Knowing that different people need different amounts of sleep, how does sleep affect our success at godliness?

Yes, sleep is significant for self-control and the pursuit of godliness
65% (11 votes)
Yes, it is a factor, but not a major player
12% (2 votes)
It helps but not that big a deal
12% (2 votes)
It has little or no bearing
6% (1 vote)
Other (try to approximate to avoid this if possible)
0% (0 votes)
I don't have an opinion; leave me along so I can catch a nap
6% (1 vote)
Total votes: 17
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There are 4 Comments

Ed Vasicek's picture

Baumeister and others have taught that adequate sleep affects our disposition and our level of self-discipline. In I Tim. 4:7b in the NASB, we read:

Quote:
On the other hand, discipline yourself for the purpose of godliness;

The ESV has the word train. But if the following is true, then we can say it is important to get enough sleep (and that varies from 7-9 hours for the overwhelming majority) becomes a spiritual matter.

1. Discipline and self-control are important to the pursuit of godliness.

2. People with adequate sleep do better with self-control.

3. Therefore, adequate sleep is useful in the pursuit of godliness and therefore a spiritual issue. It must be a priority, when possible.

I acknowledge that this is a purely human argument. There is no mention of the Holy Spirit in this reasoning.

I mention this because sometimes when I counsel people, they set themselves up for failure by an improperly balanced life. What are your thoughts? No snoring, please!

"The Midrash Detective"

Aaron Blumer's picture

EditorAdmin

I'm learning things about this...

For years I probably wasted a lot of productive time sleeping because I was convinced I could not function well without X hours. Circumstances put me in situations where a good bit less than that was possible on a regular basis and I learned that I didn't need that much.
So I pushed a bit more.
Now I think I need to discipline myself to sleep more--there's a balance that is different for everybody but the effects of too little sleep are quite noticeable after a while and, at least in my case, not to be taken lightly.

(For starters, there's a level of fatigue where productivity is only possible if I'm engaged in something that is mainly physical and minimally mental... and sitting and thinking--forget it. The mind turns to mush.)

JD Miller's picture

Aaron Wrote:

(For starters, there's a level of fatigue where productivity is only possible if I'm engaged in something that is mainly physical and minimally mental... and sitting and thinking--forget it. The mind turns to mush.)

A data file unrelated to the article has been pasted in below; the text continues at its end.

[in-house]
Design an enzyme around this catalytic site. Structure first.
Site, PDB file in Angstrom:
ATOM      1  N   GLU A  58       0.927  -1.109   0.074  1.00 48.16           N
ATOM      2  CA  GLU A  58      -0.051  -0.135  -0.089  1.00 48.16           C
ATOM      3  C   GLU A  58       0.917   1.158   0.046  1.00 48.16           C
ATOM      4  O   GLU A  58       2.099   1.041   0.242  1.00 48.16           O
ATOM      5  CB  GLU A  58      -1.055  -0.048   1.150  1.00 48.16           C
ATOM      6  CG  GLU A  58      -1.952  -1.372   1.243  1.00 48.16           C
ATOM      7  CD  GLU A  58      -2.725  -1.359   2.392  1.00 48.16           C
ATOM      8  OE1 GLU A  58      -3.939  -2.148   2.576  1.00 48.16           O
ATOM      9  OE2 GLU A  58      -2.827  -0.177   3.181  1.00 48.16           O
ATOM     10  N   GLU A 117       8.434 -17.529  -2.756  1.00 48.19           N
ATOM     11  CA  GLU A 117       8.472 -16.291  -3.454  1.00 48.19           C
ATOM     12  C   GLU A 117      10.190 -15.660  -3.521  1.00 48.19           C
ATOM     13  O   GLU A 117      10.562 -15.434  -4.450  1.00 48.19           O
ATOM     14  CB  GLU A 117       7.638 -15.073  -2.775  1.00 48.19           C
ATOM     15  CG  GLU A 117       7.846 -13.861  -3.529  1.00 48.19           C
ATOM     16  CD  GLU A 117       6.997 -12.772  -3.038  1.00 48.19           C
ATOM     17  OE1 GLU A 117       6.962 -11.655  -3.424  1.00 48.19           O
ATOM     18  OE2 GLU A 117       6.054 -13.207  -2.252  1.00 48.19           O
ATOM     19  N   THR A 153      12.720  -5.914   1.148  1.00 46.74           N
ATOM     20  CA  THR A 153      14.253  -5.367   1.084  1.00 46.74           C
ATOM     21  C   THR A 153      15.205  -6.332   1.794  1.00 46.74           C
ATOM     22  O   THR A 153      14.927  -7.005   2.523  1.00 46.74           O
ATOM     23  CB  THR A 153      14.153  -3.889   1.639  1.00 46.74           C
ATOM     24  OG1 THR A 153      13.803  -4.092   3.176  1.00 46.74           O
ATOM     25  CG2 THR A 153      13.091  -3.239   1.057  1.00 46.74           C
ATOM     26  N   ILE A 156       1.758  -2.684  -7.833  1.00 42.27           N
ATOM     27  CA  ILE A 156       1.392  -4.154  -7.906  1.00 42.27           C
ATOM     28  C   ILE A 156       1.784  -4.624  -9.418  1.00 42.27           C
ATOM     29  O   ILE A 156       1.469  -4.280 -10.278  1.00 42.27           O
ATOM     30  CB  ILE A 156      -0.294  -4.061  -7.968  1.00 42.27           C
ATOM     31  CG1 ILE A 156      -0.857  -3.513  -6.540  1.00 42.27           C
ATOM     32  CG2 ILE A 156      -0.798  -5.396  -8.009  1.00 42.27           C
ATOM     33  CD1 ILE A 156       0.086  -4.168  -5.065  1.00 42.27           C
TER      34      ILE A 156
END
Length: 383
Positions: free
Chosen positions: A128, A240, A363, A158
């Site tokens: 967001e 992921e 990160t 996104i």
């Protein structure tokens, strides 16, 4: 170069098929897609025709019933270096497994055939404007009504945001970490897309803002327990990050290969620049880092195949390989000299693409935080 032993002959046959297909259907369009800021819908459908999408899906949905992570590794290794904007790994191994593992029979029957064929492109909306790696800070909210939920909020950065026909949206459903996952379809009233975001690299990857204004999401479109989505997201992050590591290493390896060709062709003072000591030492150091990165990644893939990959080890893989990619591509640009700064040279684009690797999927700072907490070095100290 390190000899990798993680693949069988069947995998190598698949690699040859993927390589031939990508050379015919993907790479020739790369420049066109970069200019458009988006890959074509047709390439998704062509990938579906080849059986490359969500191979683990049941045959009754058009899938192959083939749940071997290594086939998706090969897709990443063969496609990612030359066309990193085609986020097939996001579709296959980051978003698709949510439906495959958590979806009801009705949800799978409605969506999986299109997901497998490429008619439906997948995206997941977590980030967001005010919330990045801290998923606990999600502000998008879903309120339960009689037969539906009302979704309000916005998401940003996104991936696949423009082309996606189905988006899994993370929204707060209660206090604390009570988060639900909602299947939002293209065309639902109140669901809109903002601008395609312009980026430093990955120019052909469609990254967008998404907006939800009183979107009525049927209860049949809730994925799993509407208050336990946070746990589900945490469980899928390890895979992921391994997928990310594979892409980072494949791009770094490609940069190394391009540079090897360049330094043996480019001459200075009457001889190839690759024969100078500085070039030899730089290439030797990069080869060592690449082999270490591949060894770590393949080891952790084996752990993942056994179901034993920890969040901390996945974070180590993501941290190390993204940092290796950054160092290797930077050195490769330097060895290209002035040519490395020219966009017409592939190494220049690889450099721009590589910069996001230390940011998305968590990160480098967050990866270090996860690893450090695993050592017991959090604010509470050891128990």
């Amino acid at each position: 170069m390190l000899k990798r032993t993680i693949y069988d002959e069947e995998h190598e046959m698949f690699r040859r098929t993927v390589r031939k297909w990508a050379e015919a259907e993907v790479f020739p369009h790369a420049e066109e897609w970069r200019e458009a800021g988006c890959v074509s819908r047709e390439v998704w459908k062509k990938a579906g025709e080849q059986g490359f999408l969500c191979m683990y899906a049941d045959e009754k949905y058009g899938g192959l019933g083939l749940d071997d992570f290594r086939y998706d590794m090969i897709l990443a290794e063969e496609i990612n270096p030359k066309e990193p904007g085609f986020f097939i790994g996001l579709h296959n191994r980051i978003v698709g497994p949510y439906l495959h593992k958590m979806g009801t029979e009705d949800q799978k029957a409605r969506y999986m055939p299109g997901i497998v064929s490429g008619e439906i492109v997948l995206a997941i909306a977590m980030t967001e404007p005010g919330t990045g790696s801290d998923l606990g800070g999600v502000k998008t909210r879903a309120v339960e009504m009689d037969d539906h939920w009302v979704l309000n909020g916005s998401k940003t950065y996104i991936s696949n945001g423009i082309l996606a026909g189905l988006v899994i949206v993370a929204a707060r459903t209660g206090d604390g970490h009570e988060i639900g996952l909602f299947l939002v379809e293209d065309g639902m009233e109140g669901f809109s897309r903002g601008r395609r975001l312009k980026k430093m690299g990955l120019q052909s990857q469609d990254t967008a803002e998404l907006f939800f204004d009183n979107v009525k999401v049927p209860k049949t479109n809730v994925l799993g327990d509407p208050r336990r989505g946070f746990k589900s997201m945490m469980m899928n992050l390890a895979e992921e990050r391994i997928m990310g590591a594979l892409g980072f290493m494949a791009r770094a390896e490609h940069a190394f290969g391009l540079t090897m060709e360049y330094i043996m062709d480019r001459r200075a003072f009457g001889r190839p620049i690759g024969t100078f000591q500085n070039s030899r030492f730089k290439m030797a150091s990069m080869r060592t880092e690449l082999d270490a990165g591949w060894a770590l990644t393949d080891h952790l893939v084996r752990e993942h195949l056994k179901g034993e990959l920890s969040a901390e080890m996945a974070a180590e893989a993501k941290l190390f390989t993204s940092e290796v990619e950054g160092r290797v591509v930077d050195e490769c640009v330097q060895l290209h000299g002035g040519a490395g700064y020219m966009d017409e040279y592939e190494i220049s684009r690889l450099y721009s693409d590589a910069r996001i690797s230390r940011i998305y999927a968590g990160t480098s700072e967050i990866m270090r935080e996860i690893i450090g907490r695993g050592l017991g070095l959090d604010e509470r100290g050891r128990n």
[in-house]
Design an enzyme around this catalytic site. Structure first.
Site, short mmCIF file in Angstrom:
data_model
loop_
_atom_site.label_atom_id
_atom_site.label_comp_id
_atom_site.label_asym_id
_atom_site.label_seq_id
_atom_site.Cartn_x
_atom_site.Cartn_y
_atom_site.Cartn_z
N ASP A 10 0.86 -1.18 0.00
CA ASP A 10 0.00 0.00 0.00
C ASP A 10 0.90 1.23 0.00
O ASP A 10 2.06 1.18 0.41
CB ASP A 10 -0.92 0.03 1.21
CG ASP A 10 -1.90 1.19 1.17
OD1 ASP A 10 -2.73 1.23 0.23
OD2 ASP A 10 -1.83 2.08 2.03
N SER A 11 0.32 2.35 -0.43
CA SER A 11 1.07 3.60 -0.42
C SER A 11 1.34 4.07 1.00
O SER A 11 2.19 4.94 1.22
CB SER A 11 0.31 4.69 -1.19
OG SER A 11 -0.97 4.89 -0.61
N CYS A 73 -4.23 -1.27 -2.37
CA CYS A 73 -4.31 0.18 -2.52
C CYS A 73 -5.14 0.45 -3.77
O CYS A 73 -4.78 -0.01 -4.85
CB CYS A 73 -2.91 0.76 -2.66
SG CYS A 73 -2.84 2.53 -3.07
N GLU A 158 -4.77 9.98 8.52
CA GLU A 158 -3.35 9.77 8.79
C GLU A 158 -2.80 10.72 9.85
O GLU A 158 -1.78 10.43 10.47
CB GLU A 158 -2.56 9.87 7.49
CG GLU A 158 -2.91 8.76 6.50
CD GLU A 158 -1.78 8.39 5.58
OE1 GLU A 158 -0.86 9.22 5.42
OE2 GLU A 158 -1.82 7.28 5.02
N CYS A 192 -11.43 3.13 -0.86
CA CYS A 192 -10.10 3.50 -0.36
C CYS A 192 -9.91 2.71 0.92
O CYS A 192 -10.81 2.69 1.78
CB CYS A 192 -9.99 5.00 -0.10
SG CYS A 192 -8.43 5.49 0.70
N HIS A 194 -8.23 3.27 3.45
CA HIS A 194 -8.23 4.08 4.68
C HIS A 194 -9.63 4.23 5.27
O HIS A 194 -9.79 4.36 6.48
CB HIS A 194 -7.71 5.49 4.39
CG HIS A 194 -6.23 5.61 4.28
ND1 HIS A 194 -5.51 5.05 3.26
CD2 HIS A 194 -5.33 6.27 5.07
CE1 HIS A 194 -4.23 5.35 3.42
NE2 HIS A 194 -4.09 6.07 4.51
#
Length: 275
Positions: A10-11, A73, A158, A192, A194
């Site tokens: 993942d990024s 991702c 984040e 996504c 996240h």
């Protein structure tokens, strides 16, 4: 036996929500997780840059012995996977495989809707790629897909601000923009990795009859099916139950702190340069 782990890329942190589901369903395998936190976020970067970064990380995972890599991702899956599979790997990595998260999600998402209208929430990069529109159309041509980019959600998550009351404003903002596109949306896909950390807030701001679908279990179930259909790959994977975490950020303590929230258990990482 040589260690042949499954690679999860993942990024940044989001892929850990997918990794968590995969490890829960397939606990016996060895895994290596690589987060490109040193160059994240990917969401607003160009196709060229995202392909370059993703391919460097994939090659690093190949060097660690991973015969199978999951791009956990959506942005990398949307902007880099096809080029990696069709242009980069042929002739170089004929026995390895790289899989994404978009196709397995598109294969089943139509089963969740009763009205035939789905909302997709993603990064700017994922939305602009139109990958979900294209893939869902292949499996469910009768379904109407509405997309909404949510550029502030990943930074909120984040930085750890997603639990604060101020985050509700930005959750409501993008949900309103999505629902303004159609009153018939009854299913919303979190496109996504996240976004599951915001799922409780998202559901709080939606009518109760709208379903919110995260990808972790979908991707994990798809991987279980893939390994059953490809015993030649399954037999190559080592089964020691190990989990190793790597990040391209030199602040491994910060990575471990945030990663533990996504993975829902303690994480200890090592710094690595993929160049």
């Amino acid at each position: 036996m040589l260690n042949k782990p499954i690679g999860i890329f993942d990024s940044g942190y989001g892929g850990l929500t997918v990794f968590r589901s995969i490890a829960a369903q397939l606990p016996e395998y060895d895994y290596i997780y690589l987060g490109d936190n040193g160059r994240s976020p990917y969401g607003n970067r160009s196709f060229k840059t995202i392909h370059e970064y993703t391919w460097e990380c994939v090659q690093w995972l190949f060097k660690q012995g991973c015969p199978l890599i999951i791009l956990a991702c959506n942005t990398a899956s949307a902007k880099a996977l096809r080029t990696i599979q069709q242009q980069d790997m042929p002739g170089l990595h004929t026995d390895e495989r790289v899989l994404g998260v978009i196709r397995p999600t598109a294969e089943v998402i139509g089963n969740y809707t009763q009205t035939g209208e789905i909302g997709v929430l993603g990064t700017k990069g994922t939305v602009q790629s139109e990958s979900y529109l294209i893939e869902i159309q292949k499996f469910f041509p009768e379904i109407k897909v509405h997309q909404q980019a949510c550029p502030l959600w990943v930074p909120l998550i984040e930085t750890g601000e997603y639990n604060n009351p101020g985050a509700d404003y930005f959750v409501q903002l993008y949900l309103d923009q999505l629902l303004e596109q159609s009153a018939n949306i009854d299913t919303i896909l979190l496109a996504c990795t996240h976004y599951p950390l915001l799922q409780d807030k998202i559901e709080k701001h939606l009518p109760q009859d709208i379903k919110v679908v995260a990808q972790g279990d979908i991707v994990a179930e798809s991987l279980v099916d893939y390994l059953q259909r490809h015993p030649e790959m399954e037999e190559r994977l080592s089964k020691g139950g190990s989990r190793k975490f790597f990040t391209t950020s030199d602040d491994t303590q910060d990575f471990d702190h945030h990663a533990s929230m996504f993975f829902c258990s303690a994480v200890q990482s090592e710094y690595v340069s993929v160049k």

I find that so very true. If I do not get enough sleep it can take me twice as long to prepare a sermon and still end up missing important points. It is like so many things, we need balance. Too much sleep can lead to poverty. Proverbs 20:13 says, "Love not sleep, lest thou come to poverty; open thine eyes, and thou shalt be satisfied with bread." But Psalms 127:2 brings some balance when it says, "It is vain for you to rise up early, to sit up late, to eat the bread of sorrows: for so he giveth his beloved sleep."

I look at sleep as a stewardship issue. I may be tempted to stay up later to enjoy some more free time, but if they means I am not able to minister as well the next day, I am not being responsible. Further, if I stay up too late working and get so little sleep that the job takes twice as long that is terrible time management. On the other hand, if I sleep when I should be working that is a selfish waste of time as well.
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I also make sure to get some extra sleep if I start to feel sick. I figure I am better off taking a short nap on those days than to miss a whole day sick in bed. When I was in Bible College I was amazed how some students would study most of the night before tests. I would study a few days before the test and then go to bed early the night before and be rested up when I took it. It really seemed to help.

Dick Dayton's picture

When I was in college as a physics student, our coach insisted that we be in bed no later than 11:00. He said that, if we needed extra study time, to get up early, but not to stay up late. I continue to find that good sleep occurs earlier in the evening.

Also, it has been my discovery that systematic and vigorous exercise on a regular basis helps my mind function better.

As we think about the self control that Aaron spoke of, I like to refer to it as "Spirit control" more than "self" control. I want to discipline myself under the guidance of the Spirit, that my life might show God's workings.

If we fail to get adequate sleep, it will affect our ability to function, which has a direct effect upon the impact of my spiritual life. We know that sleep deprivation is dangerous for pilots and truckers, so we should realize it is not good for Christians.

Over the years, we have developed the philosophy that "Sunday morning starts Saturday night." I purposely seek to make Saturday afternoon and evening a time for quietness, so that I am fully ready to serve the Lord early Sunday morning.

Dick Dayton